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Cable companies contemplate killing analog: Consumers fear price increases, conversion hassles

July 14, 2008

A federal mandate will kill analog television broadcasts early next year, but it won't kill analog once and for all. How much longer analog will survive is largely a question for cable TV companies, and they're struggling with the decision.

The Federal Communications Commission is forcing all broadcasters-including locals such as WISH-TV Channel 8 and national broadcasters such as NBC-to stop broadcasting in analog and air only in digital by February 2009.

But that mandate doesn't affect cable companies, which can continue to convert the signal and pass it along in analog. As long as they do, cable customers with analog TV sets won't have to make any changes.

There are still 130 million TV sets in the United States connected to analog cable service, according to the National Cable & Telecommunications Association, a Washington, D.C.-based industry trade association.

Many cable companies are as eager to kill analog as the FCC is. As many as 12 digital channels can fit in the same space as a single analog channel. Killing analog makes room for more revenue-generating offerings.

Last month, officials in Comcast Cable's Philadelphia headquarters told USA Today that many of the company's markets would drop basic analog packages in favor of all-digital transmission by the end of 2010.

This month, local Comcast officials said there are no plans to end analog in central Indiana.

"That hasn't even been discussed for Indianapolis," said local Comcast spokesman Mark Apple.

Bright House Networks, a cable TV operator that serves 120,000 households in central and north central Indiana, plans to make the switch to all-digital by 2012.

Confusion in the minds of consumers over the switch from analog to digital has likely caused cable companies-especially Comcast-to soften their time lines for killing analog, said Ball State Telecommunications Chairman Barry Umansky.

Since Comcast is the No. 1 cable provider, with about 38 percent of the U.S. market, other cable operators are watching closely to see how it handles the transition. Comcast serves more than 250,000 households in central Indiana.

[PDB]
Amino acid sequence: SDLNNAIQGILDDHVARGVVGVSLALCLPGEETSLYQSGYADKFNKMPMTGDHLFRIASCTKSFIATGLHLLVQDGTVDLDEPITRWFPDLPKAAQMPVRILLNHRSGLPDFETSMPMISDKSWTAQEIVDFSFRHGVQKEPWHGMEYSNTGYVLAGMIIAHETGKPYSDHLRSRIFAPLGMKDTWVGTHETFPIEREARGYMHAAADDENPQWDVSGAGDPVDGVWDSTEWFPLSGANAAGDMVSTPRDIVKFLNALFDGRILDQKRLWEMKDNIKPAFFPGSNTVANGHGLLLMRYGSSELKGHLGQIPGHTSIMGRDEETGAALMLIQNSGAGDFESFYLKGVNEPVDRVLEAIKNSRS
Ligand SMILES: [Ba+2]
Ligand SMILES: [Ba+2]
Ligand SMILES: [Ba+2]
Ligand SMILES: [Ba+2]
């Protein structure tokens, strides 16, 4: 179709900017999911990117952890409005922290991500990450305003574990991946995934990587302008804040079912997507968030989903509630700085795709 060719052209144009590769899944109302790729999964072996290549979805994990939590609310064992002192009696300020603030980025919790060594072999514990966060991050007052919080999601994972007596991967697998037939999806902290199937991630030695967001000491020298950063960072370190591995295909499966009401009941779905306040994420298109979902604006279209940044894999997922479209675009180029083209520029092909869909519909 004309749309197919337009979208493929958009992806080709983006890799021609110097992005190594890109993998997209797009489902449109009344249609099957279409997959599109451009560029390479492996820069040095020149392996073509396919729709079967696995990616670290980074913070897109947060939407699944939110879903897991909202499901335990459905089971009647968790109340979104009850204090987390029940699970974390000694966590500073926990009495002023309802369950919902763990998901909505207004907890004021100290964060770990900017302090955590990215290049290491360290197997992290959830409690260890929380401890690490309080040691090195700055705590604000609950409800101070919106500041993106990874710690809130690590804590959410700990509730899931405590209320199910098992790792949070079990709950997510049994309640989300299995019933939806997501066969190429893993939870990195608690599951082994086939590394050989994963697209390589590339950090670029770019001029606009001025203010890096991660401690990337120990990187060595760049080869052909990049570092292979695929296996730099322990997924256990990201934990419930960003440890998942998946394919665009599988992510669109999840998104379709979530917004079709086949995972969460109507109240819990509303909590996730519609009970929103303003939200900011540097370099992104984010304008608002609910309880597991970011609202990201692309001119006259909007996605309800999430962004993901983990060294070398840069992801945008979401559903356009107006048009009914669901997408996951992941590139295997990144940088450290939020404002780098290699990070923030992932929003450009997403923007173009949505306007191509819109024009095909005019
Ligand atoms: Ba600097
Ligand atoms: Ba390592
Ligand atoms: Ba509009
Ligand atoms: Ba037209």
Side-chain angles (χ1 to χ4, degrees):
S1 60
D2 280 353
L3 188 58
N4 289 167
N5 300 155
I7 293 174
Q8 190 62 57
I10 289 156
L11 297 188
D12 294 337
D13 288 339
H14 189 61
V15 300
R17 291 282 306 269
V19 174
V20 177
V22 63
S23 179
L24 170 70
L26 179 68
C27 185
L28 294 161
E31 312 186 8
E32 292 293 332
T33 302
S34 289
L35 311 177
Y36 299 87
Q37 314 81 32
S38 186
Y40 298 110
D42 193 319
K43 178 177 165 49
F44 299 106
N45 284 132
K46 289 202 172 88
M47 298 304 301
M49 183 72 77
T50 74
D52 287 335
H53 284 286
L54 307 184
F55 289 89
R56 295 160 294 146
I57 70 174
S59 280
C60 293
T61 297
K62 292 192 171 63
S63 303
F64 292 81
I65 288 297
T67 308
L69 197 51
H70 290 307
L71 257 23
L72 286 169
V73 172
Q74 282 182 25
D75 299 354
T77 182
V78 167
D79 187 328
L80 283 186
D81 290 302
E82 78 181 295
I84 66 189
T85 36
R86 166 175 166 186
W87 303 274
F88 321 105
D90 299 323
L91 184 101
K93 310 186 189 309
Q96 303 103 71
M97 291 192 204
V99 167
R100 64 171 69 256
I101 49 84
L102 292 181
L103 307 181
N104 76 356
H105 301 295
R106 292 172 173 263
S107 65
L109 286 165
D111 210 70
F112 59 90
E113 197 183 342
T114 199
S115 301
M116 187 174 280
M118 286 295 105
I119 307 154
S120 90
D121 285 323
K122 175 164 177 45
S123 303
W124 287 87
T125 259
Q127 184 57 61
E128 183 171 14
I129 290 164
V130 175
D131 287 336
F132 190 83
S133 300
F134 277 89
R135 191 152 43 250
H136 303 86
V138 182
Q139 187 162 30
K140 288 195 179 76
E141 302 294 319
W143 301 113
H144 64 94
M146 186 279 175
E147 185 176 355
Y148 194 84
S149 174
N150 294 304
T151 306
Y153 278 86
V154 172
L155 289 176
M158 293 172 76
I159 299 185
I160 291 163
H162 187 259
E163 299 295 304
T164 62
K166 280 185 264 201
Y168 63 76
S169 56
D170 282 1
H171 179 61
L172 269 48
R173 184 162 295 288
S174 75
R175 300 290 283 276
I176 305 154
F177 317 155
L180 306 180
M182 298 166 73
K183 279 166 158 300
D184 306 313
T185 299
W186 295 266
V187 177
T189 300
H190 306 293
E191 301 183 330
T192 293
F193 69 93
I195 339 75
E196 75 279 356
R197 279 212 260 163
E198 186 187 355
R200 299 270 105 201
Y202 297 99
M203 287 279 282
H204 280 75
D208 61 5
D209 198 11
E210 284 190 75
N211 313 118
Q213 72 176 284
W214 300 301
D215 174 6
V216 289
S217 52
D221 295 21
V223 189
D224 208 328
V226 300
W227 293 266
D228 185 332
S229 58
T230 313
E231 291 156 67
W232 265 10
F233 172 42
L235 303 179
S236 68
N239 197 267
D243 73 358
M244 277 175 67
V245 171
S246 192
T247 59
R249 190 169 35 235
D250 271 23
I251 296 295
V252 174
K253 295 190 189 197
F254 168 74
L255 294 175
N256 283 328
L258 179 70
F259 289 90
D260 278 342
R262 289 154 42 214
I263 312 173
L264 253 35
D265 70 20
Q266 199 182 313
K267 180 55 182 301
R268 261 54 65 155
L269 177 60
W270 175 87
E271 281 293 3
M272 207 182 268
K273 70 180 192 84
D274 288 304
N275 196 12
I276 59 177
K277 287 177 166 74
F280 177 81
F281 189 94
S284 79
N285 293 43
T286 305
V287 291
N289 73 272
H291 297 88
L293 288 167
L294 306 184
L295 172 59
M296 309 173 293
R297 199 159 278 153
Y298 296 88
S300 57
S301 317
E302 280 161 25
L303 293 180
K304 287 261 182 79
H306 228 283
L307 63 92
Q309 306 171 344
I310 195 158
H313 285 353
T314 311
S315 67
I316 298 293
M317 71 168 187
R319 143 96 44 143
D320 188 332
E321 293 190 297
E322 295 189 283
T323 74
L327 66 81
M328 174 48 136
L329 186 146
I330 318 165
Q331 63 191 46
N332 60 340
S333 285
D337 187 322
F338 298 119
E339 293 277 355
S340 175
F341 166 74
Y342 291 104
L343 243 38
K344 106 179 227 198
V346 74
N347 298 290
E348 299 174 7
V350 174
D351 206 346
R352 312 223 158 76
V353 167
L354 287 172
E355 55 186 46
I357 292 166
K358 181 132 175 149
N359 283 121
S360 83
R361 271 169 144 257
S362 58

Transmitting in analog puts cable companies-which typically offer about 70 channels-at a competitive disadvantage. The five largest cable companies carry an average of 25 high-definition channels, while digitally transmitted satellite services DirecTV offers 95 and Dish Network has 64. Verizon's fiber-optic FiOS offering promises 150 by year's end.

Some cable companies may continue to offer analog, but analog subscribers could see a reduced offering so cable operators can conserve bandwidth. New York-based Cablevision recently pulled A&E, Animal Planet, E, SciFi, TLC and Travel Channel from analog-only service without reducing the subscription fee.

"For a cable network, our assets are our bandwidth," said Buz Nesbit, president of Bright House's Indiana division. "If we can put more cars on our information highway more efficiently ... we can get more data transmission. It's pretty exciting from a technological standpoint, and we think it's going to be really good for our customers."

But Nesbit, who's been in the cable business three decades, knows there are pitfalls.

"The key is making this transition transparent," he said. "We have to deliver the highest level of technology in the easiest way for consumers. People don't want to read another owner's manual."

Comcast has made the move to all-digital in Chicago and other markets, and officials at the company's Philadelphia headquarters said 20 percent of the markets will be all-digital by year's end.

Fear persists among cable subscribers that service will decrease or the price will increase, industry experts said.

"There's a lot of confusion right now, and I think that's because the consumer doesn't have the whole story," Ball State's Umansky said. "I can tell you, just because you have cable, that doesn't mean there won't be changes. Eventually, there will be changes. And that's what consumers are worried about."
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